Do you have any favorite date spots around here?
"We love to go to Tiny’s or Odeon, which are in Tribeca."
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Photographed by Jens Ingvarsson.
We just walked in and saw your engagement ring. Can you tell us the story of how Bryan popped the question?
"It was during the holidays in San Francisco — totally by surprise. He rented out this beautiful room at Hotel Vitale. It was sunset. He had written me a song. It was great. It was beautiful. I was totally taken by surprise. The jewelry designer Jonathan Arndt designed Carrie Underwood’s ring. He does amazing, amazing rings, and Bryan designed it with him and kind of blew my mind."

Did you expect it?
"No! Not at all. We actually had this conversation, going back and forth, and I was the one teetering quite a bit. I said at one point, you know, 'Maybe we shouldn’t get married. We’re going to be together forever anyways. Do we need a title? Do we need to make it official?' I think he’d already started the process of designing, and he was like, 'What? Now you say this?' Looking back, it’s kind of fun to see him squirm because he was already planning this stuff out."
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Photographed by Jens Ingvarsson.
Are you someone who has been dreaming of your wedding since you were young?
"No way. I’m not like that. I was perfectly happy being like Will and Grace, like marrying my gay best friend and having a kid and being fine with it. But, that was until I met Bryan. Then I was like, 'Oh, I guess I can do this domesticated thing.' But, no, in terms of planning, I have no idea what I’m doing. It’s stresses me out. I’ve hired this great wedding planner Lisa Vorce; she’s done incredible weddings. We want to do something kind of outdoorsy, so we’re trying to find the venue at the moment. Of course, I went to Monique Lhuillier’s show, and I was talking with her backstage, and she’d just heard about the engagement, and she was like, 'I’m going to design your dress.' I was like, 'What?!? Aw man, this is awesome.'"

Have you chosen a wedding song?
"Probably the song that Bryan proposed to me with. It’s called 'More.'"
Cameo Crop Top; Ann Taylor Windowpane Jacquard Topper, $198, available at Ann Taylor; Ann Taylor Illusion Pencil Skirt, $98, available at Ann Taylor; ASOS sunglasses.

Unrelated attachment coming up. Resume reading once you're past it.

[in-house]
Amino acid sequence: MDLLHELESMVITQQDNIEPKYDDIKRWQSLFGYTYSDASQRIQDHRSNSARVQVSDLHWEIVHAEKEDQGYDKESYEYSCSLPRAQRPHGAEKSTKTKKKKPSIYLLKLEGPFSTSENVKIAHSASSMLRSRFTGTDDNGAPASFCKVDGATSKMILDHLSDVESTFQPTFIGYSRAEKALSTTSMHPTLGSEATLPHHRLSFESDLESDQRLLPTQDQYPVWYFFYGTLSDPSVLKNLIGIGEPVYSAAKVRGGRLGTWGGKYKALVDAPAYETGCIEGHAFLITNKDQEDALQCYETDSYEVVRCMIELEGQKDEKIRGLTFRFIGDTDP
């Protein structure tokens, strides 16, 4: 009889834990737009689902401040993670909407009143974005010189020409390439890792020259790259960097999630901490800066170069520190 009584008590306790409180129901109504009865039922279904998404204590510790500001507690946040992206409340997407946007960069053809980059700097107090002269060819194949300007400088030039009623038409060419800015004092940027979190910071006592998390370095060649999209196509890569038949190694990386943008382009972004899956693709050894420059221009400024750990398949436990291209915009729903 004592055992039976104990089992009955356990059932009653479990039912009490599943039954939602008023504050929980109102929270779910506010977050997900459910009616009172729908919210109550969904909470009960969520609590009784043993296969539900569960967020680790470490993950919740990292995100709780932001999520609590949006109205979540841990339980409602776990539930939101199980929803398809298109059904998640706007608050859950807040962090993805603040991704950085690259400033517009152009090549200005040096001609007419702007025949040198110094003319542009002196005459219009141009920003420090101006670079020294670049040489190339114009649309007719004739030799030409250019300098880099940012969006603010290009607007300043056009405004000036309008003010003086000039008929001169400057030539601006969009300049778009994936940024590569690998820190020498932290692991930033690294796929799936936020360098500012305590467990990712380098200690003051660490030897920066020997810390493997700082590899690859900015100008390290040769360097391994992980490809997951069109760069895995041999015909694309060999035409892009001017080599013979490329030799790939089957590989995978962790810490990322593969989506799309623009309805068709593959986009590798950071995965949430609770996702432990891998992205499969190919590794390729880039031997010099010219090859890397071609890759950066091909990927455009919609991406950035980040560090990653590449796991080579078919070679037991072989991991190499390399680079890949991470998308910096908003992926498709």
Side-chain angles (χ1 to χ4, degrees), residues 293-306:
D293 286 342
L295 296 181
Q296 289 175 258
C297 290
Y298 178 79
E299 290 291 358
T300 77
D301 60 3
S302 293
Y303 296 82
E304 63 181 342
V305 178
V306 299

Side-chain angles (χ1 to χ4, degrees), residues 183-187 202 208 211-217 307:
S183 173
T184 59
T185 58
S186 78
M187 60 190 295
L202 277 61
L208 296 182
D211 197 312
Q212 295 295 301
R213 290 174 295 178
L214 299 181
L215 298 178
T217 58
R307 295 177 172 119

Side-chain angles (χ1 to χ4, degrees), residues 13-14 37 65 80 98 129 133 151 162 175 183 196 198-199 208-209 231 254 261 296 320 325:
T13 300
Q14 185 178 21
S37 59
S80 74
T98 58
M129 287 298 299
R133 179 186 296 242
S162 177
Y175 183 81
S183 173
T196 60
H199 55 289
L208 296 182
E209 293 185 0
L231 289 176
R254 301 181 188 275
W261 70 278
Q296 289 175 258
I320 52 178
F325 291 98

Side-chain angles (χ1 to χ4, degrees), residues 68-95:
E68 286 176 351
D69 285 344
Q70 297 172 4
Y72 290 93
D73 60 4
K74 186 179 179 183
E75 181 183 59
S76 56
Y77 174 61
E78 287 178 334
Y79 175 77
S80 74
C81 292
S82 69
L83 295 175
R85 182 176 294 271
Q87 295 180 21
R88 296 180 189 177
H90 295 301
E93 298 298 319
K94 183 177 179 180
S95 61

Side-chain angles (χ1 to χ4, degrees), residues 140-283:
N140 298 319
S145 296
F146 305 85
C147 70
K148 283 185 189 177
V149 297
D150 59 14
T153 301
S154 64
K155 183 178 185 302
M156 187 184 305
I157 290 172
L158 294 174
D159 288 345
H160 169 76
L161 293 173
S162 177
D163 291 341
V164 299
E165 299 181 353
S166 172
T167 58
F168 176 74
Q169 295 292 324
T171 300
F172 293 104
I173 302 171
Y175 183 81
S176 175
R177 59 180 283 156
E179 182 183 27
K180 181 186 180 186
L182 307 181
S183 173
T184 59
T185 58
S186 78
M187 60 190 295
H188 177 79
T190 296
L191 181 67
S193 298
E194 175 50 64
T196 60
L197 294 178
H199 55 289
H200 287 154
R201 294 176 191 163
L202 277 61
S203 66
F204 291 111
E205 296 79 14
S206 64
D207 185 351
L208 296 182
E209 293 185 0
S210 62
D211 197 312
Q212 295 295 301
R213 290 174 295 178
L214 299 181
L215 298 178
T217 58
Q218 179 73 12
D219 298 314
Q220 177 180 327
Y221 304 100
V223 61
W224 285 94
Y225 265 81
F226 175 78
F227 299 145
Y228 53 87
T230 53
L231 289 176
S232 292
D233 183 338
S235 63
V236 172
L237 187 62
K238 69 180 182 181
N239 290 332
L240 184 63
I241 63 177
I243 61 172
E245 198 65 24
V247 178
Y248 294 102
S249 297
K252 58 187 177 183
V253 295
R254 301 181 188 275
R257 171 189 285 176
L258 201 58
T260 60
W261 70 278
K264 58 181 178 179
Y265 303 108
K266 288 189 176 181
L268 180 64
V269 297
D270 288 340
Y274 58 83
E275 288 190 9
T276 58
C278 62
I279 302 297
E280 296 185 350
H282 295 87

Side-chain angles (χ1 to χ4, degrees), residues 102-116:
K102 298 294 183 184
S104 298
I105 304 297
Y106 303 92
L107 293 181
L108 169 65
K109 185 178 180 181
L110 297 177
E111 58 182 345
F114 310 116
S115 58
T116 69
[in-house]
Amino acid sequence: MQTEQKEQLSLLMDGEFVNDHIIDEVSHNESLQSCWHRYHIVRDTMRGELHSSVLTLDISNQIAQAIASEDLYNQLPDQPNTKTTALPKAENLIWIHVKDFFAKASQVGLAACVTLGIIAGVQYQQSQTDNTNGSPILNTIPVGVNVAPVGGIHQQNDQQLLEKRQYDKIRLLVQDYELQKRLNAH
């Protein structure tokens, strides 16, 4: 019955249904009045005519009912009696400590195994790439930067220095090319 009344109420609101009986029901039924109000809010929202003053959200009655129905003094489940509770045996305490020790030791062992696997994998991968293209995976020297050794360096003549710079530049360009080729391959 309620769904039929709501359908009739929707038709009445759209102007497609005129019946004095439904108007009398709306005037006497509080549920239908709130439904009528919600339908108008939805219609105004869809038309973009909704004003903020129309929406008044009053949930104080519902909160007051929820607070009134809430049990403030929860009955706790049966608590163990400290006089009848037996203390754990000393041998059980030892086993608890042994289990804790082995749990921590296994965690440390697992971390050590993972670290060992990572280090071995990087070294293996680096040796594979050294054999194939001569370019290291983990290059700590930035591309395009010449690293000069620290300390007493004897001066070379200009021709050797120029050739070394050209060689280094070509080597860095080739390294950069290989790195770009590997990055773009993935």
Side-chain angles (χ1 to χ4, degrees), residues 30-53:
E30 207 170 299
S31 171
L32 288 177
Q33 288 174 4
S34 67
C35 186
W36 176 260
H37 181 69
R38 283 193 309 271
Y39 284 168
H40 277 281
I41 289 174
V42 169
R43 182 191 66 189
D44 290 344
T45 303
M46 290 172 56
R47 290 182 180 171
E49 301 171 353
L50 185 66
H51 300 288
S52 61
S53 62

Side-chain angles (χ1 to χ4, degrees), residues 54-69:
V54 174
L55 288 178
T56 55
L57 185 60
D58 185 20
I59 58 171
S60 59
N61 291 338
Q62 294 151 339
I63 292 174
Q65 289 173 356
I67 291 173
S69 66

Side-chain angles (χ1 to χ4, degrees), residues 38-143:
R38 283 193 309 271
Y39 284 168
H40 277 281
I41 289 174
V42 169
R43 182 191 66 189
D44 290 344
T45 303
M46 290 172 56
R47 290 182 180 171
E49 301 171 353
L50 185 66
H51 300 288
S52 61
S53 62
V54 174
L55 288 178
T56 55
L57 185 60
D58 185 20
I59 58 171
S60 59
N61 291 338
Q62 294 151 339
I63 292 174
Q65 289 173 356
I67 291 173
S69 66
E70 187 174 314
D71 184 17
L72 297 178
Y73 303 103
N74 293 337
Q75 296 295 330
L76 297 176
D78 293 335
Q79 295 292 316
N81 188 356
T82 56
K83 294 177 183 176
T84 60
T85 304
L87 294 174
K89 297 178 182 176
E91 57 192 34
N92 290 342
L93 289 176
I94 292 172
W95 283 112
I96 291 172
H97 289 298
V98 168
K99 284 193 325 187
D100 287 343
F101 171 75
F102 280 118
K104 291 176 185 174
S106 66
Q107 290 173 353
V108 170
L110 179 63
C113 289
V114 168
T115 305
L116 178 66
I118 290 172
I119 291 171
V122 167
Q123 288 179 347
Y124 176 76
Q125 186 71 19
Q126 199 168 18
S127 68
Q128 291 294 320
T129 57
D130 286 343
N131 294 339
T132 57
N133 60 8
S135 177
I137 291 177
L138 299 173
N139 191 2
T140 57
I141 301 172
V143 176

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Photographed by Jens Ingvarsson.
You were saying you’re living bicoastal and shooting can be at the drop of a hat. Do you have any tips for long-distance relationships?
"Bryan and I made a deal: Whoever’s not working will stay in the city the other person’s working in. And, if he needs to be in L.A….and then he’s going to be working in Alabama, the deal is every two-and-a-half weeks…. We could do three weeks, but I get really cranky and then I start picking fights. So, it’s a rule, we have to see each other [every] two-and-a-half weeks. And, Face Time helps a lot."

Do you like to watch yourself on TV? When you do, are you like, “Ok, cool” — or are you like, “I wish I’d done this differently”?
"I think when you’re filming it and you’re in the moment and it felt good, then you don’t need to really watch. On set, we don’t have playback, so I can’t watch what we just shot. But, last night when I was live tweeting [the show], while I was watching I was like, 'Ugh, I should’ve done a little bit more. I should’ve raised the stakes a little bit,' or 'I should’ve toned it down.' There’s always a lot of 'shoulda, coulda, woulda,' you know."
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Photographed by Jens Ingvarsson.
Believe shoots some in New York. Have you gotten to see parts of the city you’ve never seen?
"Yeah, like Yonkers or Long Beach, Long Island. I mean, we’re going to some pretty far places, checking out different boroughs. I really like the suburban areas of New York."

What was it like working on The Hangover series?
"It’s kind of weird to come into the sequel, because [these guys] already went on this amazing adventure together. It’s really just about the guys, but it was nerve-racking. You know, Bradley Cooper, dreamy, Bradley Cooper, blue-eyed, dreamy, speaks-French, Bradley Cooper. It’s nerve-racking. No, I’m just joking. Everyone’s really sweet. They were really good to me. It was like a three-week vacation and I shot for a week, so it wasn’t such a bad deal."
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Photographed by Jens Ingvarsson.
You started on The Real World: San Diego and your career has just exploded from there. Did you imagine this trajectory?
"No way. It’s quite humbling. And, I love my beginnings. It was the best college experience ever, and I would highly recommend it to anyone who can get on. I had zero idea that I’d be working with the people I’m working with now.

Where do you see your career going from here? Anyone you're dying to work with?
I don’t know. There are so many people I want to work for. When I’m watching a show, I’m like, 'That’s amazing.' Like True Detective or House of Cards, where you’re just surrounded by fantastic actors — that would be a dream come true. But, I can’t really complain. I’m working with Delroy Lindo, Johnny Sequoyah, and Jake McLaughlin. It’s great."

It looks so glamorous to us, obviously. What is something the readers would be surprised goes on when filming a TV show?